Voir Dire


This right can be found in the Sixth Amendment of the U.S. Constitution where it states the right to an impartial jury. The purpose of this provision is to ensure that a jury’s verdict is not tainted by biases that jurors may harbor before being presented with a particular case.

Readily recognized biases include anthropocentrism.



Year of the Water Rabbit


It is true what they say:

The pooka has the power of human speech, and has been known to give advice and lead people away from harm. Though the pooka enjoys confusing and often terrifying humans, it is considered to be benevolent.



As Forbidding Balloon over Gotham City fuels tension...


...will Batman and Robin manage to thwart the apogean menace?



The Most Interesting Man in the World


James Madison wrote in Federalist 52 that the House of Representatives “should have an immediate dependence on, and an intimate sympathy with, the people.”

Don’t make too much of this, but as I was reading the news today, it occurred to me that in spite of such longstanding assumptions, public approval of congress as an institution is consistently low (currently at 21 percent, according to the latest Gallup poll.)

As a 2014 study by researchers at Princeton and Northwestern (Testing Theories of American Politics: Elites, Interest Groups, and Average Citizens) serves to remind us:

One very old question posed by a modern republic involves how elected representatives should behave once sworn into office.

Who governs? Who really rules? To what extent is the broad body of U.S. citizens sovereign, semi-sovereign, or largely powerless?

One may end-up wondering (like I was - it's a legitimate question) whether voters can recall a member of the United States Congress, in the same way citizens can attempt to remove an elected official from office in one of those 19 States that allow recall elections.

You know:

That sort of thing.

I had to look it up—I am just an interested layman, not a political science expert. The answer is they cannot.

There are no circumstances allowed by the Federal Constitution under which the people can recall a member of Congress.

But, even if it were possible, would the threat of being recalled make members of congress more accountable to the people who elected them? I doubt it. As the authors of the Cambridge study (who are political scientists) summarize it:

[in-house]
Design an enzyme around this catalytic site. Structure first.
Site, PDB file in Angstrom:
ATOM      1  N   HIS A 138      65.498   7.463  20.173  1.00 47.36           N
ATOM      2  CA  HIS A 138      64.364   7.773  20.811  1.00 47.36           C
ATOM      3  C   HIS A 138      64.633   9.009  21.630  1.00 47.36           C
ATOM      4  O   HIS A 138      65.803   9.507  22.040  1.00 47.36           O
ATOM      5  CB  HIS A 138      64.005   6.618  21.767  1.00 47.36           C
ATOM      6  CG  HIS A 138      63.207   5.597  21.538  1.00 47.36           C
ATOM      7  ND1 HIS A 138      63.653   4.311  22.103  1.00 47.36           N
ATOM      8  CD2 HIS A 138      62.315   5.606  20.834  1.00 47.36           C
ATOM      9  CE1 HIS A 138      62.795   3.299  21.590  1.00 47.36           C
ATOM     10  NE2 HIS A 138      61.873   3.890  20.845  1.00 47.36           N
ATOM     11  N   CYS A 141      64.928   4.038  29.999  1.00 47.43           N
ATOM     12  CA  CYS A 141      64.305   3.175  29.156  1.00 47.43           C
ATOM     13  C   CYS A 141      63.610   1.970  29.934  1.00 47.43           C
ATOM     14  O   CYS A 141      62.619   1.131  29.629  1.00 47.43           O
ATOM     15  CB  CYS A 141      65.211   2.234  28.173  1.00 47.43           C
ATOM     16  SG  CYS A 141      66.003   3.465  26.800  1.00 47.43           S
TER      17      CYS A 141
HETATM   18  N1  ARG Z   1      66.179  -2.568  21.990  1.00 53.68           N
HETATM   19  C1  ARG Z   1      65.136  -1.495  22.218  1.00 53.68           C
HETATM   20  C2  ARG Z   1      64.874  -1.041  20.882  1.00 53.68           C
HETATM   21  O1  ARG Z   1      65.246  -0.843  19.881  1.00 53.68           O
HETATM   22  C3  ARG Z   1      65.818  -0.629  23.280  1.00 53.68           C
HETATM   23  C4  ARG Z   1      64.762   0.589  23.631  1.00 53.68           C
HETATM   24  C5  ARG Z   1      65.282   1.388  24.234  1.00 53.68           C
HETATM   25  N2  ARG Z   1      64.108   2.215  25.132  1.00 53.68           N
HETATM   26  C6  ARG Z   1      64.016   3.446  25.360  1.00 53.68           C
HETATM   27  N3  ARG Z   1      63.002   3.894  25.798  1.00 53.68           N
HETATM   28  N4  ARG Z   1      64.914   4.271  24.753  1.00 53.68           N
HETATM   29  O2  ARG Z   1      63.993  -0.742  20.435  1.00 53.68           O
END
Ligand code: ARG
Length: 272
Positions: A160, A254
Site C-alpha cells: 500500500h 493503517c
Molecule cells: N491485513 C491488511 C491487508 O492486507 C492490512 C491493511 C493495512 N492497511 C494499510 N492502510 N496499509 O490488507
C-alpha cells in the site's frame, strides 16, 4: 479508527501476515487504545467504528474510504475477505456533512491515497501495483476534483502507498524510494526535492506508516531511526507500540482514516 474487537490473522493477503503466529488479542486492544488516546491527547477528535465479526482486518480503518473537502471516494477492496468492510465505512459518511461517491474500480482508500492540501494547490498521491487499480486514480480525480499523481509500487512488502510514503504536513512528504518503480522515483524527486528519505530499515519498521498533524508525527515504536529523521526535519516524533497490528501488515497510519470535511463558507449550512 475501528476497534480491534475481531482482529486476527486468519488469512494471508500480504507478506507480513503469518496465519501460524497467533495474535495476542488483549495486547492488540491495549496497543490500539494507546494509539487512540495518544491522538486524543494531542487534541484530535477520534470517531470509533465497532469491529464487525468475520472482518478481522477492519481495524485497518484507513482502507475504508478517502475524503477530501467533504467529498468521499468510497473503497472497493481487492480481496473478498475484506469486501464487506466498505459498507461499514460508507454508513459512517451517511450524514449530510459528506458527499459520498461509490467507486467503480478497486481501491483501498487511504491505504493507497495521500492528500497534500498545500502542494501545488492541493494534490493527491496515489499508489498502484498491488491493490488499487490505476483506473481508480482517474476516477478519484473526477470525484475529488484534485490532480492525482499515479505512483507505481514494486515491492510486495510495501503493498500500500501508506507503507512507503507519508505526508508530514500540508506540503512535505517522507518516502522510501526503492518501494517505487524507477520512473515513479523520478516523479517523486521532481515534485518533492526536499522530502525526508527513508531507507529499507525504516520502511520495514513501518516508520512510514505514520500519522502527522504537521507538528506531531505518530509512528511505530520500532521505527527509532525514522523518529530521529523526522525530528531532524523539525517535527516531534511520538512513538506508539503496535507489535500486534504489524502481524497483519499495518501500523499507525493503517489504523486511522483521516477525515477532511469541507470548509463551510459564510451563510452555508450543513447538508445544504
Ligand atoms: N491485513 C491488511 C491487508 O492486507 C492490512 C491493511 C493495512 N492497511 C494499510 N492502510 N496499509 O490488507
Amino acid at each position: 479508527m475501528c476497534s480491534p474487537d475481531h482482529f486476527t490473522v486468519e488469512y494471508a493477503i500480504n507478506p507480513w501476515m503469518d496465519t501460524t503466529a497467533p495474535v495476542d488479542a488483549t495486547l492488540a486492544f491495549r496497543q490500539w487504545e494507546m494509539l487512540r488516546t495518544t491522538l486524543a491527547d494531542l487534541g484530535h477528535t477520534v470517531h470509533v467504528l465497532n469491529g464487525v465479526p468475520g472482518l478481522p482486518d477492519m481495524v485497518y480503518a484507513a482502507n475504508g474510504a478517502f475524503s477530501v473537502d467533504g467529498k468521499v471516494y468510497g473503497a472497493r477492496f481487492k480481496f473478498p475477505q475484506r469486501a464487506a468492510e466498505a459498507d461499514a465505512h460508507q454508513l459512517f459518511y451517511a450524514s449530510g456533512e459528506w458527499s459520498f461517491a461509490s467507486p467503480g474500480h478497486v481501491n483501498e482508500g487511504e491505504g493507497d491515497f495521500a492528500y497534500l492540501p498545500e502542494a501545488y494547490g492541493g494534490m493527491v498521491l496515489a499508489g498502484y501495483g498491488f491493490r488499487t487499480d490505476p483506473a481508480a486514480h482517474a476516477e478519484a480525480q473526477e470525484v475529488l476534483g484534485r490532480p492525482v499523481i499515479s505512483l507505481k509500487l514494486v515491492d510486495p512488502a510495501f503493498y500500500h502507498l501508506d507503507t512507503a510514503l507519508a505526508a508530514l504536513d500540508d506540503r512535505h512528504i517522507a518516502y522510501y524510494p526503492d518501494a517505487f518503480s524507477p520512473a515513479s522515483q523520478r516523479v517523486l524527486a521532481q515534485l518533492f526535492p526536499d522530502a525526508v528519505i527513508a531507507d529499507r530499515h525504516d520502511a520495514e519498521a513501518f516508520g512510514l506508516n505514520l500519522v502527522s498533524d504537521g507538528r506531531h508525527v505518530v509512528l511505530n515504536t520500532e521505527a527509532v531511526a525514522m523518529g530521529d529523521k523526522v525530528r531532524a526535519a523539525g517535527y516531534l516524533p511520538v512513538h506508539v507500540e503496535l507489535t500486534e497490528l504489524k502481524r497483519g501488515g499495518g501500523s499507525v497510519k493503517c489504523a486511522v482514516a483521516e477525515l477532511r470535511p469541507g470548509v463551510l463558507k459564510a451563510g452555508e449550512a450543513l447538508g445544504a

Given the nature of the beast, it seems doubtful, whether the power to recall a member of congress (or for that matter, any other solutions that have been thus far suggested by political scientists, such as campaign finance reform, open primaries or ranked-voting) is ever likely to fix the issue. If you ask me, it will only compound the problem and just make things worse.



Listen to them — children of the night.


What music they make.

I mean, don't you just  ❤️ Washington?

That picture says it all, one of those moments in time that truly encapsulates the dynamic of power in Washington. 👇🏼

What is he thinking, one wonders...

"Who is that woman?"

He looks mildly amused. And more than a little patronizing.

"Progressive Democrats! They are so cute, at that age."

Aren't they, though?

It's like a meeting between the CEO of some big corporation and an inexperienced delegate from some fledgling union. She went in there with some demands, presented in a very deferential, some would say obsequiously submissive way, and came out with nothing. And worse, reneged apologetically, some would say abjectly, on her demands. And, even worse, renounced and disavowed the people who had placed their trust in her to represent them. I mean, WOW! 😮 Spineless much?

Or was it just political Kabuki?

Who knows?

People like Rep. Pramila Jayapal, chair of the Congressional Progressive Caucus (above), or Rep. Alexandria Ocasio-Cortez and her like, are wet behind the ears, and shaking in their boots in the presence of the ageless vampires of Washington DC. Some of them mean well (in spite of their impotency and lack of know-how to change anything), most know better and are well aware that they owe their position to the good will of the undeads and will keep that position only so long as they remain in the good graces of those vampires who will eat them alive if they cross them.

Former Rep. Tulsi Gabbard was one of them, young and lacking experience in Washington political jungle, except that she was brave enough to stand her ground. Not everyone has that kind of courage — or reckless audacity.

One knows what it got her.

And who knows what became of supposedly more experienced politicians, like former Rep. Dennis John Kucinich?

Or, reputedly savvy politicians, the like of the senator from Vermont, Bernie Sanders?



Merciful Heaven!

... O, but man, proud man!
Drest in a little brief authorithy...

His glassy essence, like an angry ape,
Plays such fantastic tricks before high heaven
As make the angels weep; who, with our spleens,
Would all themselves laugh mortal.
—William Shakespeare, Measure for Measure, Act. 2, Scene 2

...O, but man—proud man—with a little, brief power in his hands...
He mimics the essence of God like an angry ape, playing such awful tricks that the angels weep. If they had mortal bodies like us, they'd laugh themselves to death.

Meanwhile in the jungle:

I wonder why?